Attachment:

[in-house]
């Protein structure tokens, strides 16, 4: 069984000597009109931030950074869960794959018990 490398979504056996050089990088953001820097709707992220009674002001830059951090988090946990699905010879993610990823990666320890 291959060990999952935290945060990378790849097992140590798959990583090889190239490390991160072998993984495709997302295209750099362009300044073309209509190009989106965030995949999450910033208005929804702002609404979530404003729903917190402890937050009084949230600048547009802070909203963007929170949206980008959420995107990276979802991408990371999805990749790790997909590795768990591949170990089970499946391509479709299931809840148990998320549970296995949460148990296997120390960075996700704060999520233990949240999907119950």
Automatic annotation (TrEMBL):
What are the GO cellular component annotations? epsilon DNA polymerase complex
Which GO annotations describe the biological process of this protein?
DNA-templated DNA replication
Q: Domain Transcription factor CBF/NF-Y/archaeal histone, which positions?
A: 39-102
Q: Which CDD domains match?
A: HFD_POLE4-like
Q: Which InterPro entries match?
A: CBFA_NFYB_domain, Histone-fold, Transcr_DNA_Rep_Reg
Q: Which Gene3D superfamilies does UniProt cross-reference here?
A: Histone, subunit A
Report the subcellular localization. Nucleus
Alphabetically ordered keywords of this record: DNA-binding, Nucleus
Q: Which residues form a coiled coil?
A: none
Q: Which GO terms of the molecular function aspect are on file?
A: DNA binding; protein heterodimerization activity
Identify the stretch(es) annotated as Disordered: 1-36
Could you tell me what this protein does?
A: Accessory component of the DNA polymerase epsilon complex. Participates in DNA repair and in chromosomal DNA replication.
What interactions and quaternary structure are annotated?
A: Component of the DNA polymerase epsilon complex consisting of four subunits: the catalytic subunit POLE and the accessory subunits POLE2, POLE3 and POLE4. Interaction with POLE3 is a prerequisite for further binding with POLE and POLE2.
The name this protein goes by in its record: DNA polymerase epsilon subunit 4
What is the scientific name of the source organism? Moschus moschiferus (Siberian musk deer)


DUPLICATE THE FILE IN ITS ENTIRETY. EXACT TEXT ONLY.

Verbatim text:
[in-house]
């Protein structure tokens, strides 16, 4: 069984000597009109931030950074869960794959018990 490398979504056996050089990088953001820097709707992220009674002001830059951090988090946990699905010879993610990823990666320890 291959060990999952935290945060990378790849097992140590798959990583090889190239490390991160072998993984495709997302295209750099362009300044073309209509190009989106965030995949999450910033208005929804702002609404979530404003729903917190402890937050009084949230600048547009802070909203963007929170949206980008959420995107990276979802991408990371999805990749790790997909590795768990591949170990089970499946391509479709299931809840148990998320549970296995949460148990296997120390960075996700704060999520233990949240999907119950």
Automatic annotation (TrEMBL):
What are the GO cellular component annotations? epsilon DNA polymerase complex
Which GO annotations describe the biological process of this protein?
DNA-templated DNA replication
Q: Domain Transcription factor CBF/NF-Y/archaeal histone, which positions?
A: 39-102
Q: Which CDD domains match?
A: HFD_POLE4-like
Q: Which InterPro entries match?
A: CBFA_NFYB_domain, Histone-fold, Transcr_DNA_Rep_Reg
Q: Which Gene3D superfamilies does UniProt cross-reference here?
A: Histone, subunit A
Report the subcellular localization. Nucleus
Alphabetically ordered keywords of this record: DNA-binding, Nucleus
Q: Which residues form a coiled coil?
A: none
Q: Which GO terms of the molecular function aspect are on file?
A: DNA binding; protein heterodimerization activity
Identify the stretch(es) annotated as Disordered: 1-36
Could you tell me what this protein does?
A: Accessory component of the DNA polymerase epsilon complex. Participates in DNA repair and in chromosomal DNA replication.
What interactions and quaternary structure are annotated?
A: Component of the DNA polymerase epsilon complex consisting of four subunits: the catalytic subunit POLE and the accessory subunits POLE2, POLE3 and POLE4. Interaction with POLE3 is a prerequisite for further binding with POLE and POLE2.
The name this protein goes by in its record: DNA polymerase epsilon subunit 4
What is the scientific name of the source organism? Moschus moschiferus (Siberian musk deer)